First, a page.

Pop lets put this in perspective. He didn't say he got killed, only that he
felt a shock. That is a lot lower current.
Folks have sent him off on an easter egg hunt looking for a loose wirenut or
other bad connection upstream without taking into account the one right in
front of him that he was screwing with.
If he really wants to check into this, button it up properly and check the lamp
shell to ground.
No, not so at all: The loose nut was the one fooling with
the fixture/s. The right perspective is, he was doing
something he had no business doing because of his lack of
knowledge and experience, as evidenced by many other posters
in this thread. It's made for interesting reading, but it's
getting boring now. ONLY getting a shock instead of dying
is a lucky fluke in his case because he (and no one else)
doesn't KNOW what he had in front of him.
I guess that means "turn off the breaker"?
Do you think that may be why it is the first thing in the installation
Maybe he will read them next time huh?
If everyone reading this thread picks up on that one our work is done. ;-)
Try this Toller-
Get into a ceiling of a commercial building and just grab any handy 277v
neutral (properly working and eventually tied to ground) with a load on it with
one hand, and building steel with the other.
Here's a less deadly experiment:
On any residential 120v circuit with any load on it, try using a neon tester
between and of that circuits outlets neutral and a known ground. WHY does the
neon tester emit light if the neutrals are all, eventually, tied to ground?
Gee, I though we were talking about 120v. One of us is a moron.
You are denying that neutrals are not grounded, or do you not understand the
concept of resistance. A neon tester has almost no resistance, so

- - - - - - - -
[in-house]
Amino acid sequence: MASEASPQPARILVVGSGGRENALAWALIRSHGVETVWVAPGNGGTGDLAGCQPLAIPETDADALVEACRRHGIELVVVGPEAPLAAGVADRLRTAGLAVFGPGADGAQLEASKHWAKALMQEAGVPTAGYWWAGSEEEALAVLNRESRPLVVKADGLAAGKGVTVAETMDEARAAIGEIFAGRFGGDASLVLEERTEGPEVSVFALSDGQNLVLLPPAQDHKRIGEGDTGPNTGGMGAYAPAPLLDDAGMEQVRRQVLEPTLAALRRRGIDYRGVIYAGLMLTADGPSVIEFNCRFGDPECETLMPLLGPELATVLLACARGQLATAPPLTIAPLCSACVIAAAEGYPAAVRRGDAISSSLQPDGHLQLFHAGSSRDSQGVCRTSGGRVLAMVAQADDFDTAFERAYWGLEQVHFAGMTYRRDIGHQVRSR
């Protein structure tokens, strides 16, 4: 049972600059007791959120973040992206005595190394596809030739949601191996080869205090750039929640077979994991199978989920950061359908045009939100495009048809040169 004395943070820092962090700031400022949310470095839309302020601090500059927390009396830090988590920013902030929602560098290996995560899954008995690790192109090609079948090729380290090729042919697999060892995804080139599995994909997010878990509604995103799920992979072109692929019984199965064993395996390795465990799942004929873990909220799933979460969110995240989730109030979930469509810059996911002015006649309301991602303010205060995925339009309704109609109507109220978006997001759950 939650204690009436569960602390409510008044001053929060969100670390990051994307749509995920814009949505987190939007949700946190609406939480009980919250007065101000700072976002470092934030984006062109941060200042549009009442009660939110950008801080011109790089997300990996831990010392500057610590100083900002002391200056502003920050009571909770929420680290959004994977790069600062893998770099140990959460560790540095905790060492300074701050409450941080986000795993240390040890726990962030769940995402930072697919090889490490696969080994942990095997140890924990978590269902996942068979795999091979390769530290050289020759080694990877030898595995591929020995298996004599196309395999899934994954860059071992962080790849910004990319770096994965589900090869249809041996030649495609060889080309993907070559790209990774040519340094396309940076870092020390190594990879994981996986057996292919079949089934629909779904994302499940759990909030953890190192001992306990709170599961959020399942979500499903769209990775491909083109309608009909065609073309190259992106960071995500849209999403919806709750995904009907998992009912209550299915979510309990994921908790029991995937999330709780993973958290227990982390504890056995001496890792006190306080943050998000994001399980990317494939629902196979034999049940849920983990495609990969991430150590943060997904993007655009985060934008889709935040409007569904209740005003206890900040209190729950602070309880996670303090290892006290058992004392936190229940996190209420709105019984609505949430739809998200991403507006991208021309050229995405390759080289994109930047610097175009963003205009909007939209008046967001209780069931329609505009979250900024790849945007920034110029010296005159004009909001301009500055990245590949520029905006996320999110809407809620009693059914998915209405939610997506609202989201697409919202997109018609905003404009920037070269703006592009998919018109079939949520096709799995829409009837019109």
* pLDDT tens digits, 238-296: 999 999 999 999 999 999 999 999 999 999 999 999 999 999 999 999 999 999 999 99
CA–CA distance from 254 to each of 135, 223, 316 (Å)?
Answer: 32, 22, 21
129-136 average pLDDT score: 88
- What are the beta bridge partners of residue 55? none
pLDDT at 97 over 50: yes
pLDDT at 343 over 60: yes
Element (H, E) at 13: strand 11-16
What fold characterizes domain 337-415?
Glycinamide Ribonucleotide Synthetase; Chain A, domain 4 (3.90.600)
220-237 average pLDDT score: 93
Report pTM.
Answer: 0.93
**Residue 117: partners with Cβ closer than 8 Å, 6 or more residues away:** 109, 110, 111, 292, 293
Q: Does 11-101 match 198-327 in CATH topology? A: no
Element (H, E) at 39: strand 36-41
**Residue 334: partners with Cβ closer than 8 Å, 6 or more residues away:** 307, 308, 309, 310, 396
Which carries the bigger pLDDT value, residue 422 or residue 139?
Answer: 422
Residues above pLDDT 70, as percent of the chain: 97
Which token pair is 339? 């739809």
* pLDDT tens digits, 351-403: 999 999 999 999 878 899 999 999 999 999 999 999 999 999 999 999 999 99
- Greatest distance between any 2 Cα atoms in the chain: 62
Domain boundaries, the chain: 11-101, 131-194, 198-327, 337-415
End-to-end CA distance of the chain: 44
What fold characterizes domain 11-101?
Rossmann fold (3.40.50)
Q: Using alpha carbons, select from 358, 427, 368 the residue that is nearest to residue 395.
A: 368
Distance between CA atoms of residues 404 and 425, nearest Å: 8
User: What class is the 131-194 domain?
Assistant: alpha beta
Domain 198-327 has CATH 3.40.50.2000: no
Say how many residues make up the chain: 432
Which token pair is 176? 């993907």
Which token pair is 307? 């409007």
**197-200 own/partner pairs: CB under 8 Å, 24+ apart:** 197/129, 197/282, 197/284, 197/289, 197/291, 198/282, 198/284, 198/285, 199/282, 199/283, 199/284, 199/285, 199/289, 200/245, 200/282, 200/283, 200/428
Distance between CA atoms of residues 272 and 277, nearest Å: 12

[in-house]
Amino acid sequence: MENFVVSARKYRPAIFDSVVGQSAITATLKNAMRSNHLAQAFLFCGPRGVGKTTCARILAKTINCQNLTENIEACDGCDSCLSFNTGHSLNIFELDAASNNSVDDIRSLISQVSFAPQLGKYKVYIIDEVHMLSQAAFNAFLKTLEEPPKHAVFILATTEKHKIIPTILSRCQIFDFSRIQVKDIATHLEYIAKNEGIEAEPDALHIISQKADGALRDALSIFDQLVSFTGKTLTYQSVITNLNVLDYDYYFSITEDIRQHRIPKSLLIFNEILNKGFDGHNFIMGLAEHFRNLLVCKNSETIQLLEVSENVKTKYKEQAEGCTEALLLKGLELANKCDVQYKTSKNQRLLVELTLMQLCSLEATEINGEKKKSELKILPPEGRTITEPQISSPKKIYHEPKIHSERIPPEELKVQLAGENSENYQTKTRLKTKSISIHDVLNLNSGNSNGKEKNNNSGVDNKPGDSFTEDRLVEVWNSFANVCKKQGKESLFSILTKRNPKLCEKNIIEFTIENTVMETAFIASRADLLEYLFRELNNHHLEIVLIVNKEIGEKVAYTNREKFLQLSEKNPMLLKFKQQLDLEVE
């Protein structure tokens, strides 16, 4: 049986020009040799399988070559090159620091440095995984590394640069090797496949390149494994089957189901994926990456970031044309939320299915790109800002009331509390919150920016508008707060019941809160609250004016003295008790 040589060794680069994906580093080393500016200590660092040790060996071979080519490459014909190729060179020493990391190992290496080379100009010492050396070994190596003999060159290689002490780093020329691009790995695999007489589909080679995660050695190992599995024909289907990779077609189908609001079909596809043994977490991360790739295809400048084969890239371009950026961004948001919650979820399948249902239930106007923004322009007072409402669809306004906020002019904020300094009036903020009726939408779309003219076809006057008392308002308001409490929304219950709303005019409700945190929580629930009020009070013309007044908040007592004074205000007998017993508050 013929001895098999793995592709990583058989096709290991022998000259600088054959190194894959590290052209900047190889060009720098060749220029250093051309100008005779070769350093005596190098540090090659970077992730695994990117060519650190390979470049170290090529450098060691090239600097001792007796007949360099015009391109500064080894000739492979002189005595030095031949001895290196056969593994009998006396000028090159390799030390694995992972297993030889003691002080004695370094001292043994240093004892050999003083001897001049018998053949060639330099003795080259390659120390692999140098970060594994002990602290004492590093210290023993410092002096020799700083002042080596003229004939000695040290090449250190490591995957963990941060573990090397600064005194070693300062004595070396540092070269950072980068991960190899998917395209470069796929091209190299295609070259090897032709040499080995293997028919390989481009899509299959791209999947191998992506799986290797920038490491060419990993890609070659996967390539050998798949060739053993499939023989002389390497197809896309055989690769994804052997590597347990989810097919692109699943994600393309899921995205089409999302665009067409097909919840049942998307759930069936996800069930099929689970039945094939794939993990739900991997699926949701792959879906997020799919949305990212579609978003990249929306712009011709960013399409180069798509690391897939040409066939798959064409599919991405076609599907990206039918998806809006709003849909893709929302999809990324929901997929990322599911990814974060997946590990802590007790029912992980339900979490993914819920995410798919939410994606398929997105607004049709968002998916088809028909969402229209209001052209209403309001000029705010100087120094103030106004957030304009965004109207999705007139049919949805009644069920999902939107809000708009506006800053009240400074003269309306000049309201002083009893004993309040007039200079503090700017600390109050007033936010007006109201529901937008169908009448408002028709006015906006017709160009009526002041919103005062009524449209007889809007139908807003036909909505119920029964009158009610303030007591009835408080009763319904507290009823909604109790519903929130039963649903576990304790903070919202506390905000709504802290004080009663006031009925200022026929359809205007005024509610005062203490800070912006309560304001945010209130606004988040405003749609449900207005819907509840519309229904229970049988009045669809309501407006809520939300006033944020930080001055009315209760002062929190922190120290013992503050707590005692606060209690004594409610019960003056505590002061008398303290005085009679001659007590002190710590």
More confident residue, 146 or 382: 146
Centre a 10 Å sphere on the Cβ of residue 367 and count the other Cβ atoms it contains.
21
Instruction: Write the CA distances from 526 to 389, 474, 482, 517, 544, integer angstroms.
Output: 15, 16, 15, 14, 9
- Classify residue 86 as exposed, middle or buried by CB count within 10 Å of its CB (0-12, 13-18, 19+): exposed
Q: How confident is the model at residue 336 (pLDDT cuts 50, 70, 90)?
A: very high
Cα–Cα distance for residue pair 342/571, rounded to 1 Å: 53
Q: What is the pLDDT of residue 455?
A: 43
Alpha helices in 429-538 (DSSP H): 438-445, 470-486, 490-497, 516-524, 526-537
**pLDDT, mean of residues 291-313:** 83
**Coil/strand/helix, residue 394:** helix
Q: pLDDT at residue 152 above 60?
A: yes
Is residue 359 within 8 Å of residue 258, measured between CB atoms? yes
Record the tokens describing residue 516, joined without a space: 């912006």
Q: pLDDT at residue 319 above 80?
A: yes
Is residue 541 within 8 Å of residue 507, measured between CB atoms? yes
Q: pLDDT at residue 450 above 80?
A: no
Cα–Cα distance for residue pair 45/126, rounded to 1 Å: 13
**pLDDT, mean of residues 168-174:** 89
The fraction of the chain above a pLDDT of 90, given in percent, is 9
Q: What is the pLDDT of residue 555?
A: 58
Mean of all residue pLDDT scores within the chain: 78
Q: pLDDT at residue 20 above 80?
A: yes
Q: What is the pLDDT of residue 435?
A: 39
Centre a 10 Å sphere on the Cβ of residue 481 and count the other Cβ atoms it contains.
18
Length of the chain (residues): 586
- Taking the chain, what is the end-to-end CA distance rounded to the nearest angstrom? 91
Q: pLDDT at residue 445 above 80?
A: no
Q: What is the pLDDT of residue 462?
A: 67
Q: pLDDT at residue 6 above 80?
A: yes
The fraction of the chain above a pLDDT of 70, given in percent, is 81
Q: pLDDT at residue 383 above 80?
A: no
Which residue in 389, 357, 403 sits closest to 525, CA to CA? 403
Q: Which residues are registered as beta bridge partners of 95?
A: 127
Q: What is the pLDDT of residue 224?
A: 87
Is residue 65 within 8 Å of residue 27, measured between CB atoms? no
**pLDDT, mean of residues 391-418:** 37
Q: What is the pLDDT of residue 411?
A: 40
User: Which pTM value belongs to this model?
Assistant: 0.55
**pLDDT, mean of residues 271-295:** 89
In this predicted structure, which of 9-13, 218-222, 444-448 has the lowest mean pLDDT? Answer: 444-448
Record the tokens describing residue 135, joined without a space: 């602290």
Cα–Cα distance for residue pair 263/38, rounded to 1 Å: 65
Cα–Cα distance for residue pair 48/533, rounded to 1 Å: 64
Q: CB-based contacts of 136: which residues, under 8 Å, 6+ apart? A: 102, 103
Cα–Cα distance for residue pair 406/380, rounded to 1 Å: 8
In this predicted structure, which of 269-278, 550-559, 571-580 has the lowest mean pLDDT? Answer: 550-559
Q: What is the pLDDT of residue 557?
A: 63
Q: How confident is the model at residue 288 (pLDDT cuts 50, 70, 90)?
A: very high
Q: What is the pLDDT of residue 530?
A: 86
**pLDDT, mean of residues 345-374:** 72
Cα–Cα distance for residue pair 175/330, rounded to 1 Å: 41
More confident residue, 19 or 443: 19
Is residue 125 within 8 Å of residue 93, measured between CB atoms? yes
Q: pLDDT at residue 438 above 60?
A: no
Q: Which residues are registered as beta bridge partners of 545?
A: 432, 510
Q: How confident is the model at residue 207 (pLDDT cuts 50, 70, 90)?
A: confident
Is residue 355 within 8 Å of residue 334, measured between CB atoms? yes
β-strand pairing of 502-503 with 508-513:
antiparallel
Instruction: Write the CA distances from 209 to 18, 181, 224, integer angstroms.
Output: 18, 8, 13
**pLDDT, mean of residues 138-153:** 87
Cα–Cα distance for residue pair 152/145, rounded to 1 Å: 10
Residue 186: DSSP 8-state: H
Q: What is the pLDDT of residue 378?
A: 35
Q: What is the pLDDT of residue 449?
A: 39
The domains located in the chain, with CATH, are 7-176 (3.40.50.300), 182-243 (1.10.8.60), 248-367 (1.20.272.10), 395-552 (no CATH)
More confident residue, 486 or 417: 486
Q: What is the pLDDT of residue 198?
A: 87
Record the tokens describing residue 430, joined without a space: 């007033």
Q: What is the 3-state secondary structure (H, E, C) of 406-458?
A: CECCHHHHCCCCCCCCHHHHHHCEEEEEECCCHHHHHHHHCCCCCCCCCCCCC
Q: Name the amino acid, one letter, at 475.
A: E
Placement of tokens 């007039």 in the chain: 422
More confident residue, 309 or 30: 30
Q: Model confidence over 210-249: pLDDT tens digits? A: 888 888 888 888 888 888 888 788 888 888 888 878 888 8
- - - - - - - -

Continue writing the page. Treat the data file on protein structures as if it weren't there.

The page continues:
significant current will flow through it to a good ground. A person has
very high resistance, so virtually no current will flow through the person.
You and Doug can babble to each other.
I see, you reasoning applies only to 120v circuits and no other?
No, far from it. I'm not denying neutrals are grounded. The point is that even
though the neutrals are grounded, current will take unexpected alternate routes
to ground even though the entire electromechanical neutral system is totally up
Why, when the neutral is grounded just as well? The neon tester HAS to be a
higher resistance than a continious, properly connected and eventually grounded
neutral path, no?
You haven't the faintest idea what you're talking about. A neon tester has an
_extremely_high_ resistance, so that hardly _any_ current will flw through it.
That's why you *don't* get a very bright arc, when you connect one of those
testers across hot and ground.
If you have one of those testers, open it up and see what's inside. Mine has a
150K-ohm resistor in it. That's not exactly my definition of "almost no
Wrong again. The internal resistance of a human body is nowhere nearly that
high. Think about it for just two seconds, Toller: human beings are mostly
Doug Miller (alphageek-at-milmac-dot-com)
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It's pretty plain from this that *your* understanding of "the concept of
resistance" is tenuous at best.
My digital multimeter, according to the manual, will measure resistance
up to 40 M-ohm, yet it shows infinite resistance across the leads of my
neon tester (indicating that the resistance of the tester is > 40 M-ohm).
Opening the tester reveals a 150 K-ohm resistor in series with the neon
lamp. Neither figure is compatible with my understanding of "almost no
Holding the multimeter leads tightly between the thumb and finger of each